“Happiness resides not in possessions, and not in gold, happiness dwells in the soul.”
I came across a status update in my MFP newsfeed the other day and it really resonated with me. The poster said something to the effect that she is proactively taking time for herself and that she shouldn’t be made to feel guilty about wanting to keep herself in the ‘top 5’ of her priority list. Without knowing the specifics which instigated this bit of self-declaration, I can’t help but to admire her insight but I am also sadden that even in 2015, many – women specifically, feels obligated to justify this very intrinsic human need … to love oneself.
From very early on, I think most are taught to oppress our own wants and needs for the sake of others. And then we are continuously groomed that selfishness generally is a vile pursuit. But I think all the good intention in raising a better human being, many have somehow interpreted that as any form of self preservation is an agent of evil. But the reality of it is that we all need to be a little selfish in order to be the best version of ourselves.
“I feel thin, sort of stretched, like butter scraped over too much bread.”
Bilbo Baggins, The Lord of the Rings: The Fellowship of the Ring
As wise old Bilbo the Hobbit so eloquently stated, sometimes I think we can all understand his sentiments of feeling a little ‘thin.’ And no one is a better caretaker of us than ourselves. So logically, in order for us to continue to be everyone else’s everything, doesn’t it make sense that our own wants and needs should be one of our top priorities?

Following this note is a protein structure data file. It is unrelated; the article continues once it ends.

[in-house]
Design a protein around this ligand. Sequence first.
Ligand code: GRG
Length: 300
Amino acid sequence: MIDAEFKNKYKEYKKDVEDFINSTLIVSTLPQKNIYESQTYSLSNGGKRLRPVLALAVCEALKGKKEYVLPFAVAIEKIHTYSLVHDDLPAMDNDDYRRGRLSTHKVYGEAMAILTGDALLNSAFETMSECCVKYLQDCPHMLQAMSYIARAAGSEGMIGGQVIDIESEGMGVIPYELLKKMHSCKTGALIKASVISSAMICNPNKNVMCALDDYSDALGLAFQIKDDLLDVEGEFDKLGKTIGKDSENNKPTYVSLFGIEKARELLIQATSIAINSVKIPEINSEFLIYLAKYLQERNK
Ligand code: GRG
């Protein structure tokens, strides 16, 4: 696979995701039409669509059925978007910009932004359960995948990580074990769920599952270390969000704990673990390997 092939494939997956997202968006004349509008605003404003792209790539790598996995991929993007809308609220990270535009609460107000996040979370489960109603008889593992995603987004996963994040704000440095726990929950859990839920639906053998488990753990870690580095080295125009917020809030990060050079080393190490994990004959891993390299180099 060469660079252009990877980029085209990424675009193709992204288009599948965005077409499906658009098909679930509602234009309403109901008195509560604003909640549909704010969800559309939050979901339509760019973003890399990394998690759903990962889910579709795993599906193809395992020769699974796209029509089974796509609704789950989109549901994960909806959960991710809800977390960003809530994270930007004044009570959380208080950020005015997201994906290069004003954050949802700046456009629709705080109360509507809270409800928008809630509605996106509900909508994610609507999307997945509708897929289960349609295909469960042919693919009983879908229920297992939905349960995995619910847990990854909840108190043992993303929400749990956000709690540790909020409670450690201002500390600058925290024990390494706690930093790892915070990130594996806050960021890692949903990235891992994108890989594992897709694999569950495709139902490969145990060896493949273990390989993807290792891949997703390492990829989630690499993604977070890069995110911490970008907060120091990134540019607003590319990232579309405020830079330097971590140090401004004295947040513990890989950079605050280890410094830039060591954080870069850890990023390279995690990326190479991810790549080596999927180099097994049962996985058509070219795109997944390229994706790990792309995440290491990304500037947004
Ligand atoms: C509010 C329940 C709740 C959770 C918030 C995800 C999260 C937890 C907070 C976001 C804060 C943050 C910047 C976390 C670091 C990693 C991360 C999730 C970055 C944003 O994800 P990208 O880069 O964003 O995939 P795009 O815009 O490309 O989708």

We have to be our own best self-advocate because no one knows us better. Now I’m not saying forego all our responsibilities (whatever it maybe) with reckless abandonment. No. But what I am encouraging is that we should allow ourselves to purposely carve out time 100% guilt free. From my observations, a feat easier said than in put into practice, especially for mothers.
And perhaps it is this notion of total selflessness which serves as a stumbling block for many to be successful in weight loss maintenance because in order to keep the weight off, we have to make our own health a priority. Otherwise, the daily grind makes it far too easy to revert back to old habits.
It takes a certain level of self-perseverance, selfishness, self worth, whatever label it maybe – one has to have it to remain steadfast in our food repertoire as well as fitness routine. And no one should feel guilty about that … ever!
I think the quote below is a good one to file in the back of our minds so that we can all continue to be successful … remember our environment has tremendous hold over our own well being, and environment includes the people who are in our lives … for better or for worse.
TIP OF THE WEEK
Why I am a bodyweight strength training fangirl …
Believe it or not, I was within 2 lbs in all three photos below although I look ‘slimmer’ in the far right one. How is this possible? It’s the miraculous difference between what I have affectionately dubbed ‘doughy thin’ and ‘toned slender.’
It is hard to believe that a few toned & defined muscle here & there can make such a visual impact but it does. Aside from looking more healthy, there is an even more pertinent reason to build muscles.